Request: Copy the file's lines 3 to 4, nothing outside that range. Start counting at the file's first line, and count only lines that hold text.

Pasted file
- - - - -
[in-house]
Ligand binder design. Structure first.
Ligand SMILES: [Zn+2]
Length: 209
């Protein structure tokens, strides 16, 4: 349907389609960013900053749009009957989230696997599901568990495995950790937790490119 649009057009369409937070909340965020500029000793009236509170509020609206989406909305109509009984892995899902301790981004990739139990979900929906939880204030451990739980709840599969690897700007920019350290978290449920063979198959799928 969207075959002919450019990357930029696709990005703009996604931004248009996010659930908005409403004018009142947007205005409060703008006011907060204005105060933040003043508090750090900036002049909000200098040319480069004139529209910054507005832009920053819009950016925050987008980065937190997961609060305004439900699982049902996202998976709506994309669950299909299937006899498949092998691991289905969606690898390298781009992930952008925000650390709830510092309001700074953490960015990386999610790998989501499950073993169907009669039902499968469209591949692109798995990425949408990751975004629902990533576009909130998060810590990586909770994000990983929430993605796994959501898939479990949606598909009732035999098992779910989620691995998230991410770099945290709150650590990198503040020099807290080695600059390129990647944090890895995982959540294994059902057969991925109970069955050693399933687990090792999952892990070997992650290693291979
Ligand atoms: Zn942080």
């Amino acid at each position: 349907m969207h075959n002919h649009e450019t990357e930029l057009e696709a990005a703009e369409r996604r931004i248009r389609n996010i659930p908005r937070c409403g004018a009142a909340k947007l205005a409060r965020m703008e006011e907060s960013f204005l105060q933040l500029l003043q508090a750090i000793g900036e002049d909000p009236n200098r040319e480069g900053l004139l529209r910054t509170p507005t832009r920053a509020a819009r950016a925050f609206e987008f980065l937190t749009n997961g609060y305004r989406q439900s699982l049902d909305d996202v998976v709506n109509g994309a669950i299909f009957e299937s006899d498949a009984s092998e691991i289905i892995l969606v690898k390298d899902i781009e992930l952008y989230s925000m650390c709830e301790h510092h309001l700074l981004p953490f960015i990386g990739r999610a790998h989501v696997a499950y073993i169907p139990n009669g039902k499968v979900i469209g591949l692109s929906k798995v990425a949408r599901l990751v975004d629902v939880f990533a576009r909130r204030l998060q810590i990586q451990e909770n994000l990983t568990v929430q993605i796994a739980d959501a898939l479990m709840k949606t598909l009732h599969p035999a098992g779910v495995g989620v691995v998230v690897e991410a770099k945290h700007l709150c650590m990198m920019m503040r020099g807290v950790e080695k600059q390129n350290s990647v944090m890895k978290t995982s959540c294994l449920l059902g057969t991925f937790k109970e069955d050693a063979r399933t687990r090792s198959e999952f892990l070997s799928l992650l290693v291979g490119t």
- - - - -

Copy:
Ligand SMILES: [Zn+2]
Length: 209